Letter

Nature 458, 337-341 (19 March 2009) | doi:10.1038/nature07743; Received 18 June 2008; Accepted 22 December 2008; Published online 11 February 2009

Population genomics of domestic and wild yeasts

Gianni Liti1,9, David M. Carter2,9, Alan M. Moses2,3, Jonas Warringer4, Leopold Parts2, Stephen A. James5, Robert P. Davey5, Ian N. Roberts5, Austin Burt6, Vassiliki Koufopanou6, Isheng J. Tsai6, Casey M. Bergman7, Douda Bensasson7, Michael J. T. O'Kelly8, Alexander van Oudenaarden8, David B. H. Barton1, Elizabeth Bailes1, Alex N. Nguyen3, Matthew Jones2, Michael A. Quail2, Ian Goodhead2,10, Sarah Sims2, Frances Smith2, Anders Blomberg4, Richard Durbin2,9 & Edward J. Louis1,9

  1. Institute of Genetics, Queen's Medical Centre, University of Nottingham, Nottingham NG7 2UH, UK
  2. Wellcome Trust Sanger Institute, Wellcome Trust Genome Campus, Hinxton, Cambridge CB10 1HH, UK
  3. Department of Cell & Systems Biology, University of Toronto, Ontario M5S 2J4, Canada
  4. Department of Cell and Molecular Biology, Lundberg Laboratory, University of Gothenburg, Medicinaregatan 9c, 41390 Gothenburg, Sweden
  5. National Collection of Yeast Cultures, Institute of Food Research, Norwich Research Park, Colney, Norwich NR4 7UA, UK
  6. Division of Biology, Imperial College London, Silwood Park, Ascot SL5 7PY, UK
  7. Faculty of Life Sciences, University of Manchester, Manchester M13 9PT, UK
  8. Department of Physics, Massachusetts Institute of Technology, Cambridge, Massachusetts 02139, USA
  9. These authors contributed equally to this work.
  10. Present address: School of Biological Sciences, University of Liverpool, Liverpool LG9 3BX, UK.

Correspondence to: Richard Durbin2,9Edward J. Louis1,9 Correspondence and requests for materials should be addressed to R.D. (Email: rd@sanger.ac.uk) or E.J.L. (Email: ed.louis@nottingham.ac.uk).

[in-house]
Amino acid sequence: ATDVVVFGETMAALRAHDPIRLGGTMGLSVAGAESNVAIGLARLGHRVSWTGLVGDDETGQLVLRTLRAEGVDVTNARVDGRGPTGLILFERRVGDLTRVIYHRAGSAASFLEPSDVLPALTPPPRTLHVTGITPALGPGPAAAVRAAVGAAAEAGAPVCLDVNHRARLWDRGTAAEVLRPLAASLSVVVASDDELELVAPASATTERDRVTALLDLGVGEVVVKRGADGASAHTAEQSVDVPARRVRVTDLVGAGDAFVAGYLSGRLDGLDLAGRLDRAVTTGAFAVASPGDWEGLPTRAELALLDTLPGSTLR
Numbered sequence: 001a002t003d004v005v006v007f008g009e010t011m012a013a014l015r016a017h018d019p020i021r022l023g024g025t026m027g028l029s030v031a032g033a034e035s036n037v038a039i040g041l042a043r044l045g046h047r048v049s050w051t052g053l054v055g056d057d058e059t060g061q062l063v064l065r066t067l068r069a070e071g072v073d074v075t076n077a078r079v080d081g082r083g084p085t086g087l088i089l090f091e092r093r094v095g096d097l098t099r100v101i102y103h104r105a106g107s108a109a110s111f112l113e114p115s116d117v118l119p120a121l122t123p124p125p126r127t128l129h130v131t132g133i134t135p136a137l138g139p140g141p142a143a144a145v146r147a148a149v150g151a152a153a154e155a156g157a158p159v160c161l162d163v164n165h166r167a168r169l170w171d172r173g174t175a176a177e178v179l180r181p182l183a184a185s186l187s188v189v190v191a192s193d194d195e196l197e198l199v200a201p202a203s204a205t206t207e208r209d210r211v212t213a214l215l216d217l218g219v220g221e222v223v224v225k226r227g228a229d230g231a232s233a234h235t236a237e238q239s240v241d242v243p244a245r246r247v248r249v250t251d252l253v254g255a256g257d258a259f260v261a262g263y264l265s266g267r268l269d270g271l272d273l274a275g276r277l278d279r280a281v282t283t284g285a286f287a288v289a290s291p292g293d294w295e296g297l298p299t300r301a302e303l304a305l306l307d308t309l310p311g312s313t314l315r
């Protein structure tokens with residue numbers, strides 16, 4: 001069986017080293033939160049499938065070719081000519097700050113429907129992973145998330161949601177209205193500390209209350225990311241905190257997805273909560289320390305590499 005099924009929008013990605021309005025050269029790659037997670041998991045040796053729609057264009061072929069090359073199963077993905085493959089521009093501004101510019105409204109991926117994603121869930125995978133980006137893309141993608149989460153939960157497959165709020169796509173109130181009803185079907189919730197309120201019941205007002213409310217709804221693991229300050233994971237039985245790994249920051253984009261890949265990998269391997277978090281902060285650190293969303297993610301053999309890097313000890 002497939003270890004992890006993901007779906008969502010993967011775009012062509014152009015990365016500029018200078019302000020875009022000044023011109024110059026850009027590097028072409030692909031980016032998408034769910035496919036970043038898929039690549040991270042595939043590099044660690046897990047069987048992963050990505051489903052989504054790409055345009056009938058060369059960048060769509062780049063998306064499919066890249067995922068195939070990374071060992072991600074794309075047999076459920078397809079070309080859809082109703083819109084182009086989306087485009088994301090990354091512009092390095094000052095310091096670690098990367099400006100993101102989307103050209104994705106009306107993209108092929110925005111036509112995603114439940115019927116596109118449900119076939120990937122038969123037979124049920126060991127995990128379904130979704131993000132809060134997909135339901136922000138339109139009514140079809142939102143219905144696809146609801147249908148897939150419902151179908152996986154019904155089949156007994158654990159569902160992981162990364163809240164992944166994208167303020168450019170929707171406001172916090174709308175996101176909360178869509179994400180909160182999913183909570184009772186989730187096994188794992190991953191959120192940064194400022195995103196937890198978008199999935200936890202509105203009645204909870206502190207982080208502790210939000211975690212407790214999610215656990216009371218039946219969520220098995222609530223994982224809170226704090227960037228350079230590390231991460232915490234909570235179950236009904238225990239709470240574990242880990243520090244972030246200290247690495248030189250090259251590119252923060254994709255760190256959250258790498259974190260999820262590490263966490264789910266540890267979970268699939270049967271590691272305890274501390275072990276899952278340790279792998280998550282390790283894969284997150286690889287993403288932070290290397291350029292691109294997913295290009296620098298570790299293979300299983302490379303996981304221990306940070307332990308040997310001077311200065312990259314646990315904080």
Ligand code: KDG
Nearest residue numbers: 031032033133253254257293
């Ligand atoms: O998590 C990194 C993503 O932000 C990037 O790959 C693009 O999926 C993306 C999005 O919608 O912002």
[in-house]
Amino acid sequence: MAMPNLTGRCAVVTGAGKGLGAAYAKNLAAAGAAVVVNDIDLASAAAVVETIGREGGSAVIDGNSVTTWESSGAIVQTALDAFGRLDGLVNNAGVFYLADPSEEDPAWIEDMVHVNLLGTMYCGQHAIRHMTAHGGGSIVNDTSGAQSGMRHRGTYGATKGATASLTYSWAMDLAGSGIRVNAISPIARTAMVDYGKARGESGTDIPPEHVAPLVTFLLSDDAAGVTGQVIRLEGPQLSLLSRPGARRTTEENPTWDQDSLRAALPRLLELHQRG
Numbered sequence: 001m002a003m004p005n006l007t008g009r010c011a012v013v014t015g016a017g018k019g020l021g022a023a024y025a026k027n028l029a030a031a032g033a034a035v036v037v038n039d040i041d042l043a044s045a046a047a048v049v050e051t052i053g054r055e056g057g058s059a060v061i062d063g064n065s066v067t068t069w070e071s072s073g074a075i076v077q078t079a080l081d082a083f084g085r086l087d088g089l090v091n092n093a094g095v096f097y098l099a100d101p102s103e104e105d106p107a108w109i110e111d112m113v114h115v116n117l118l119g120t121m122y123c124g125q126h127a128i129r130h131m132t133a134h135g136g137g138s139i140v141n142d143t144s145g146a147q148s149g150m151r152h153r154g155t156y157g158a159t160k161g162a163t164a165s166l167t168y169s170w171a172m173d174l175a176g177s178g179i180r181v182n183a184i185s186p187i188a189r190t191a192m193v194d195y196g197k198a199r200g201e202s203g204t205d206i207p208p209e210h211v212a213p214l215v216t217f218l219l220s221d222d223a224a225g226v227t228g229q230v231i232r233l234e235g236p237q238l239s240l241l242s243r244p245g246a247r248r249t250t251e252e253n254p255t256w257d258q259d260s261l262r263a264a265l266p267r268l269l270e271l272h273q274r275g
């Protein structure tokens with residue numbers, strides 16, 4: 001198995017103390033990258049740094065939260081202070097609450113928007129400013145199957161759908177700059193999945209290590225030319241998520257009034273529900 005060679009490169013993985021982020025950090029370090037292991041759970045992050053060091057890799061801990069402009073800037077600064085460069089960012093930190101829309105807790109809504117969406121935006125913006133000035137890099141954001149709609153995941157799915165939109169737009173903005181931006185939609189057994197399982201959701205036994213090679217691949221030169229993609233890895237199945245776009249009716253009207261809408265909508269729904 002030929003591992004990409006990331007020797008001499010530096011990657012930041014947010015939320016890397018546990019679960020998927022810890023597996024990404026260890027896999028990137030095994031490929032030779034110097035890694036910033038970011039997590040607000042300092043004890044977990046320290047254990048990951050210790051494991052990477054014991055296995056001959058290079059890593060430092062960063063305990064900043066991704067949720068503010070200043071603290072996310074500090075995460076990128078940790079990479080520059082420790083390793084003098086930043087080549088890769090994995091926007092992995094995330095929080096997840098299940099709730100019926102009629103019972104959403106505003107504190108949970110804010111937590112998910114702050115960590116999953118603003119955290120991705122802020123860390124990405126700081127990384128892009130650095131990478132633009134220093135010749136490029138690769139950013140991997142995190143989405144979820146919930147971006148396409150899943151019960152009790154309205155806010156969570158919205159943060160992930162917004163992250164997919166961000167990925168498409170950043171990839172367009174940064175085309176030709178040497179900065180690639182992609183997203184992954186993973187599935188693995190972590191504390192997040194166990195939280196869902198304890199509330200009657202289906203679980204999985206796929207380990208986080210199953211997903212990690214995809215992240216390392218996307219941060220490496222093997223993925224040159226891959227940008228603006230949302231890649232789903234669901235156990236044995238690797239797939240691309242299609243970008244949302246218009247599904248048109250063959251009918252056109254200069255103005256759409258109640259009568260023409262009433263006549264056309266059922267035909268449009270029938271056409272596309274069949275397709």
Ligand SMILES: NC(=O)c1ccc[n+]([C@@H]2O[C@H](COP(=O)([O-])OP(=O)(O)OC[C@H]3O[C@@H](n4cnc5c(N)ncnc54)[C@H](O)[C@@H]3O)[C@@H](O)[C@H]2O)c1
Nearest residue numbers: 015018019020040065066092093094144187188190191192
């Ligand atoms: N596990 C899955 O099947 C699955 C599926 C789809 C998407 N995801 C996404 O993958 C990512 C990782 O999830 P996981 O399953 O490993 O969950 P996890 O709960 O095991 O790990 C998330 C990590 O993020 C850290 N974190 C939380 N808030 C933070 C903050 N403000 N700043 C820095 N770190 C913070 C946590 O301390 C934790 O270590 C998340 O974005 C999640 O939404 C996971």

Since the completion of the genome sequence of Saccharomyces cerevisiae in 1996 (refs 1, 2), there has been a large increase in complete genome sequences, accompanied by great advances in our understanding of genome evolution. Although little is known about the natural and life histories of yeasts in the wild, there are an increasing number of studies looking at ecological and geographic distributions3, 4, population structure5, 6, 7, 8 and sexual versus asexual reproduction9, 10. Less well understood at the whole genome level are the evolutionary processes acting within populations and species that lead to adaptation to different environments, phenotypic differences and reproductive isolation. Here we present one- to fourfold or more coverage of the genome sequences of over seventy isolates of the baker's yeast S. cerevisiae and its closest relative, Saccharomyces paradoxus. We examine variation in gene content, single nucleotide polymorphisms, nucleotide insertions and deletions, copy numbers and transposable elements. We find that phenotypic variation broadly correlates with global genome-wide phylogenetic relationships. S. paradoxus populations are well delineated along geographic boundaries, whereas the variation among worldwide S. cerevisiae isolates shows less differentiation and is comparable to a single S. paradoxus population. Rather than one or two domestication events leading to the extant baker's yeasts, the population structure of S. cerevisiae consists of a few well-defined, geographically isolated lineages and many different mosaics of these lineages, supporting the idea that human influence provided the opportunity for cross-breeding and production of new combinations of pre-existing variations.

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